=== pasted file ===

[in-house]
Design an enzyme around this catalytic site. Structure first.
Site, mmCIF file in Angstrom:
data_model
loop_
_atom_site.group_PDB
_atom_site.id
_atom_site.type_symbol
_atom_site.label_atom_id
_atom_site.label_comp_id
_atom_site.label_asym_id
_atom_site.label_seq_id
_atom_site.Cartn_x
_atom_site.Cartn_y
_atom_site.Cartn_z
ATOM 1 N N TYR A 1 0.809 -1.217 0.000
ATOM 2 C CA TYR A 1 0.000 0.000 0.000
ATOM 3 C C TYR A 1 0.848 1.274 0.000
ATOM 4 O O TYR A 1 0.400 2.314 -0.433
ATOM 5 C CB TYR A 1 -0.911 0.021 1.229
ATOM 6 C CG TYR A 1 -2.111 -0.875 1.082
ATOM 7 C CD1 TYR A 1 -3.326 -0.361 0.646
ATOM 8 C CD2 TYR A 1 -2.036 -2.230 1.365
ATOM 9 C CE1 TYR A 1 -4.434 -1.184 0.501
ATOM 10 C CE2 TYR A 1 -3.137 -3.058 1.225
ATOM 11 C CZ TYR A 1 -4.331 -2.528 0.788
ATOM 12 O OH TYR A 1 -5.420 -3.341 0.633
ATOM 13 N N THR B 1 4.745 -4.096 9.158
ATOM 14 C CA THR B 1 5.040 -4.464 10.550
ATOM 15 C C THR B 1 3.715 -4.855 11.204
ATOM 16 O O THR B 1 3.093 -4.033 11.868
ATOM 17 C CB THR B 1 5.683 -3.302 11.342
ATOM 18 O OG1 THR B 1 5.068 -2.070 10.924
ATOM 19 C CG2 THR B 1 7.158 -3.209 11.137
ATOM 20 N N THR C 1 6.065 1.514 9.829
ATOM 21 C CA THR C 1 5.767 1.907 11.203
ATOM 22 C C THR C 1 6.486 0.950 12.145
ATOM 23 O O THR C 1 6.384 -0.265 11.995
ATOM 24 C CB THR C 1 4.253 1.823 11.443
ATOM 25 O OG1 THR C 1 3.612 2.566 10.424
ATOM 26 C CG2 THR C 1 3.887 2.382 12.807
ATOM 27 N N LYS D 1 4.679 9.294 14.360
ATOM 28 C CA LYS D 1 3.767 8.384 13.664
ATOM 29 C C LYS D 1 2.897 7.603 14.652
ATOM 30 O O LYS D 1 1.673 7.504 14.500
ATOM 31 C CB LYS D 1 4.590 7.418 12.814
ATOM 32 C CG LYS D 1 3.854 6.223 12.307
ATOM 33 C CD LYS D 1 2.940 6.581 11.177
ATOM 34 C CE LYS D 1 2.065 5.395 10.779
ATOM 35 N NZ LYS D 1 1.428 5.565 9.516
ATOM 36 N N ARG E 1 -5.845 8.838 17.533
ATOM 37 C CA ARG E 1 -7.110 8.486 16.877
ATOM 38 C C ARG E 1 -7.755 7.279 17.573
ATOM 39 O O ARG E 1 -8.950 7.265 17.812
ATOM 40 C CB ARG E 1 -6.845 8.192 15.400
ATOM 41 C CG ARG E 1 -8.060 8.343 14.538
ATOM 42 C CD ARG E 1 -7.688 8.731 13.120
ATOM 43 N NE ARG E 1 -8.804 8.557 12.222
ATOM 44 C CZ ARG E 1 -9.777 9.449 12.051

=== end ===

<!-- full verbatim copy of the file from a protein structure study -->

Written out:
[in-house]
Design an enzyme around this catalytic site. Structure first.
Site, mmCIF file in Angstrom:
data_model
loop_
_atom_site.group_PDB
_atom_site.id
_atom_site.type_symbol
_atom_site.label_atom_id
_atom_site.label_comp_id
_atom_site.label_asym_id
_atom_site.label_seq_id
_atom_site.Cartn_x
_atom_site.Cartn_y
_atom_site.Cartn_z
ATOM 1 N N TYR A 1 0.809 -1.217 0.000
ATOM 2 C CA TYR A 1 0.000 0.000 0.000
ATOM 3 C C TYR A 1 0.848 1.274 0.000
ATOM 4 O O TYR A 1 0.400 2.314 -0.433
ATOM 5 C CB TYR A 1 -0.911 0.021 1.229
ATOM 6 C CG TYR A 1 -2.111 -0.875 1.082
ATOM 7 C CD1 TYR A 1 -3.326 -0.361 0.646
ATOM 8 C CD2 TYR A 1 -2.036 -2.230 1.365
ATOM 9 C CE1 TYR A 1 -4.434 -1.184 0.501
ATOM 10 C CE2 TYR A 1 -3.137 -3.058 1.225
ATOM 11 C CZ TYR A 1 -4.331 -2.528 0.788
ATOM 12 O OH TYR A 1 -5.420 -3.341 0.633
ATOM 13 N N THR B 1 4.745 -4.096 9.158
ATOM 14 C CA THR B 1 5.040 -4.464 10.550
ATOM 15 C C THR B 1 3.715 -4.855 11.204
ATOM 16 O O THR B 1 3.093 -4.033 11.868
ATOM 17 C CB THR B 1 5.683 -3.302 11.342
ATOM 18 O OG1 THR B 1 5.068 -2.070 10.924
ATOM 19 C CG2 THR B 1 7.158 -3.209 11.137
ATOM 20 N N THR C 1 6.065 1.514 9.829
ATOM 21 C CA THR C 1 5.767 1.907 11.203
ATOM 22 C C THR C 1 6.486 0.950 12.145
ATOM 23 O O THR C 1 6.384 -0.265 11.995
ATOM 24 C CB THR C 1 4.253 1.823 11.443
ATOM 25 O OG1 THR C 1 3.612 2.566 10.424
ATOM 26 C CG2 THR C 1 3.887 2.382 12.807
ATOM 27 N N LYS D 1 4.679 9.294 14.360
ATOM 28 C CA LYS D 1 3.767 8.384 13.664
ATOM 29 C C LYS D 1 2.897 7.603 14.652
ATOM 30 O O LYS D 1 1.673 7.504 14.500
ATOM 31 C CB LYS D 1 4.590 7.418 12.814
ATOM 32 C CG LYS D 1 3.854 6.223 12.307
ATOM 33 C CD LYS D 1 2.940 6.581 11.177
ATOM 34 C CE LYS D 1 2.065 5.395 10.779
ATOM 35 N NZ LYS D 1 1.428 5.565 9.516
ATOM 36 N N ARG E 1 -5.845 8.838 17.533
ATOM 37 C CA ARG E 1 -7.110 8.486 16.877
ATOM 38 C C ARG E 1 -7.755 7.279 17.573
ATOM 39 O O ARG E 1 -8.950 7.265 17.812
ATOM 40 C CB ARG E 1 -6.845 8.192 15.400
ATOM 41 C CG ARG E 1 -8.060 8.343 14.538
ATOM 42 C CD ARG E 1 -7.688 8.731 13.120
ATOM 43 N NE ARG E 1 -8.804 8.557 12.222
ATOM 44 C CZ ARG E 1 -9.777 9.449 12.051